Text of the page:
I find it quite amazing that the editors of Singazine.com would find it fit to accuse another blog aggregator, SG Daily, of being guilty of censorship (see attachment below at the end of this post).
SG Daily, in case readers are unaware, is one of the longest standing blog aggregators, specializing in aggregating blog posts of a socio-political nature that pertain to developments in Singapore.
As far as I can tell, SG Daily’s selection is very diverse and no one can rightfully accuse them of practising censorship.
I wonder why Singazine.com would accuse another blog aggregator of practicing censorship.
Perhaps unlike Singazine.com, SG Daily exercises some degree of editorial judgment from time to time, and refrains from linking to blog posts that clearly have an agenda of causing opposition parties to become disunited.
This is unlike Singazine.com which actually takes pride in highlighting posts by notmysdp.org, a blog site clearly run by agent provocateurs who are out to sow mistrust, discord and animosity in Singapore’s opposition camps.
Exercising some degree of editorial judgment is NOT the same as censorship. Every blog aggregator has the right to exercise editorial judgment in accordance with the site owner’s own value system. No one has the right to demand that a blog aggregator follow his or her approach, which may not suit the blog aggregator at all.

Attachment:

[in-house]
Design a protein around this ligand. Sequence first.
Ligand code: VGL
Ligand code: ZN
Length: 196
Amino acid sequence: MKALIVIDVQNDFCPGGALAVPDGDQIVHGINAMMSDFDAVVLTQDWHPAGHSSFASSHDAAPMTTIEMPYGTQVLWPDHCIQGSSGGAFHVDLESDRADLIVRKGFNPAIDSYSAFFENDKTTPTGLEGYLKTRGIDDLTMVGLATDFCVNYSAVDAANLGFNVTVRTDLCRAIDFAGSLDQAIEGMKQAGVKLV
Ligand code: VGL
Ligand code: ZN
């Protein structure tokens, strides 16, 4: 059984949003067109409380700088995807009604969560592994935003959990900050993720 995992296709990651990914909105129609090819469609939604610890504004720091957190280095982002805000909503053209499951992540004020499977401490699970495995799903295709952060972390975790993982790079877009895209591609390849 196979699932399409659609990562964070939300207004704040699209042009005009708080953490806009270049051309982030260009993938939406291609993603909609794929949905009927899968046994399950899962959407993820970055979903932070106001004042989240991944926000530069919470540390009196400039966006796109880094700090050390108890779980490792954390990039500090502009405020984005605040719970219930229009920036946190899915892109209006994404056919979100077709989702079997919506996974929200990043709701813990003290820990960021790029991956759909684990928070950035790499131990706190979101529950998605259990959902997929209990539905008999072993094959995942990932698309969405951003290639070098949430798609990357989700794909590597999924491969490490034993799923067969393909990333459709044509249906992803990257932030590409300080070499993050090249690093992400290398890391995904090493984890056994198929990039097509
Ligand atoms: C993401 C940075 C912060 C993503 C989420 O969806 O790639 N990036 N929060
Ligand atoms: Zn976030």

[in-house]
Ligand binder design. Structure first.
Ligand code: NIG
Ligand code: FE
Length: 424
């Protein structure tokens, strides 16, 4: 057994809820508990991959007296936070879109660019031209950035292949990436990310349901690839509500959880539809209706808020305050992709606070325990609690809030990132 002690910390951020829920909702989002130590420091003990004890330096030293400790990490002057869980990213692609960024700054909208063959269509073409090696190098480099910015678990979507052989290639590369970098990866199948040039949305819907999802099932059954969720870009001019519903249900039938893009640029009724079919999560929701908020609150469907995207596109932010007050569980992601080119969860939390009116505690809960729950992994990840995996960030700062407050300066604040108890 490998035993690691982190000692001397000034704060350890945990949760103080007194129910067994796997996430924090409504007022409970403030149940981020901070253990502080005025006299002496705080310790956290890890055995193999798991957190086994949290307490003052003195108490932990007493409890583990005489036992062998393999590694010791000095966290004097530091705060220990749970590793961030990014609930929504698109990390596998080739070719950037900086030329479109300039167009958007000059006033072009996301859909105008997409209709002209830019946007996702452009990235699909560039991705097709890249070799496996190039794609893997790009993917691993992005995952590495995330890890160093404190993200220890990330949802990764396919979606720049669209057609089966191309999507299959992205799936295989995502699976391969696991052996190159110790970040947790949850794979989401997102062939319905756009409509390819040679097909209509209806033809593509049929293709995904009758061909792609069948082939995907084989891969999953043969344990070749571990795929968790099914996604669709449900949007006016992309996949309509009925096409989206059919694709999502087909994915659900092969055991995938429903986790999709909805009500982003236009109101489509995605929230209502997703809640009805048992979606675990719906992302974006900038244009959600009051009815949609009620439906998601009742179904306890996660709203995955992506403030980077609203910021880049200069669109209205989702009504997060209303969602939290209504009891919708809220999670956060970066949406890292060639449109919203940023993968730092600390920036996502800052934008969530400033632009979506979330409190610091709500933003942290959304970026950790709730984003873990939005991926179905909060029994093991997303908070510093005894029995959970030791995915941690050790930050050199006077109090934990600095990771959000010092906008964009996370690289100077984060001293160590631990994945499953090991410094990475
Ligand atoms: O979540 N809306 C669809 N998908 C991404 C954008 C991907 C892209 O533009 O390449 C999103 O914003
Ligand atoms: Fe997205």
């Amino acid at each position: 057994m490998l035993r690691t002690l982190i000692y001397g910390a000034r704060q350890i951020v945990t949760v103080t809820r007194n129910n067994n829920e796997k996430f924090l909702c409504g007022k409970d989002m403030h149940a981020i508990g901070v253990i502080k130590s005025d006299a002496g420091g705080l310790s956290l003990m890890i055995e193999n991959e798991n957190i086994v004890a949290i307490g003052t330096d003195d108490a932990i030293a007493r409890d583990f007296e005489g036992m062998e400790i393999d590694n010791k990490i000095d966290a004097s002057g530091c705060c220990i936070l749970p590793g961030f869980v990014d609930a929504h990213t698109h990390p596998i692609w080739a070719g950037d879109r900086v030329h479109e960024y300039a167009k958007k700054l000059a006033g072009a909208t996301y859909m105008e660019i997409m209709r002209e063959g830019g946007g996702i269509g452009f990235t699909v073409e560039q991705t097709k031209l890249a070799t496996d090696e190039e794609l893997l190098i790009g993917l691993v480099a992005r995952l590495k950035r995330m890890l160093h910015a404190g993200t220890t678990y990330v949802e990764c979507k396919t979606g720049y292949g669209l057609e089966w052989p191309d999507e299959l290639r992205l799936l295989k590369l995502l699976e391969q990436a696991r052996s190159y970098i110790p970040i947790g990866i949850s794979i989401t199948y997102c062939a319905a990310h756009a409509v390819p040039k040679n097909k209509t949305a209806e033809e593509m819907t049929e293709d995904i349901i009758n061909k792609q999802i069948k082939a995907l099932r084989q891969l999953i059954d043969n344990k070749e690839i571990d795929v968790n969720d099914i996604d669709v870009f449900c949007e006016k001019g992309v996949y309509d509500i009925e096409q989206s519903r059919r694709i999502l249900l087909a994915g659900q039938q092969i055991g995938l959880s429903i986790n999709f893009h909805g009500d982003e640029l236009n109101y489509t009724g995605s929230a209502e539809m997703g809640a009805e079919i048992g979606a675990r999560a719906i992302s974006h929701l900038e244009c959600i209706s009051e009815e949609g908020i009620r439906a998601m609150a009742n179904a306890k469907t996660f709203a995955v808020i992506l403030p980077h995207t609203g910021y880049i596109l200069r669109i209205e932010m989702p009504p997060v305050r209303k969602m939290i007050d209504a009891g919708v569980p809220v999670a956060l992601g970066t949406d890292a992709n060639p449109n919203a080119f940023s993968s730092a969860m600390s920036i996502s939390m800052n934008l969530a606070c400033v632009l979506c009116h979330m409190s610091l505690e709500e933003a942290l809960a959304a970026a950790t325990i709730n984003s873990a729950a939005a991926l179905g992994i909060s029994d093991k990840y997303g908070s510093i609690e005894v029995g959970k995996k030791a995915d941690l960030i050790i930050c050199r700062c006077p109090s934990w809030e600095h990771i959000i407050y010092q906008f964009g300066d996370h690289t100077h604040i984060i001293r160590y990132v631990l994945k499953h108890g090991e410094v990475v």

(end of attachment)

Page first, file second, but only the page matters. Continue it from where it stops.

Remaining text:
Singazine.com should realize that freedom of speech describes the ideal social contract between a government and its people. It does NOT describe the social contract between private organizations, which have the right to set their own rules and agenda and to deny a voice to all those whom they dislike.
I am glad Singazine.com has announced they are leaving the blog aggregating industry. Clearly they do not have the spurs of political maturity stuck into their hides.
The following is a2ed's personal response (as a member of the singazine team) to Ng E-Jay's views on Singazine - posted as a comment on his site. The 'postscript' section is added on for clarification. A team-approved 'closing summation' will be posted tomorrow.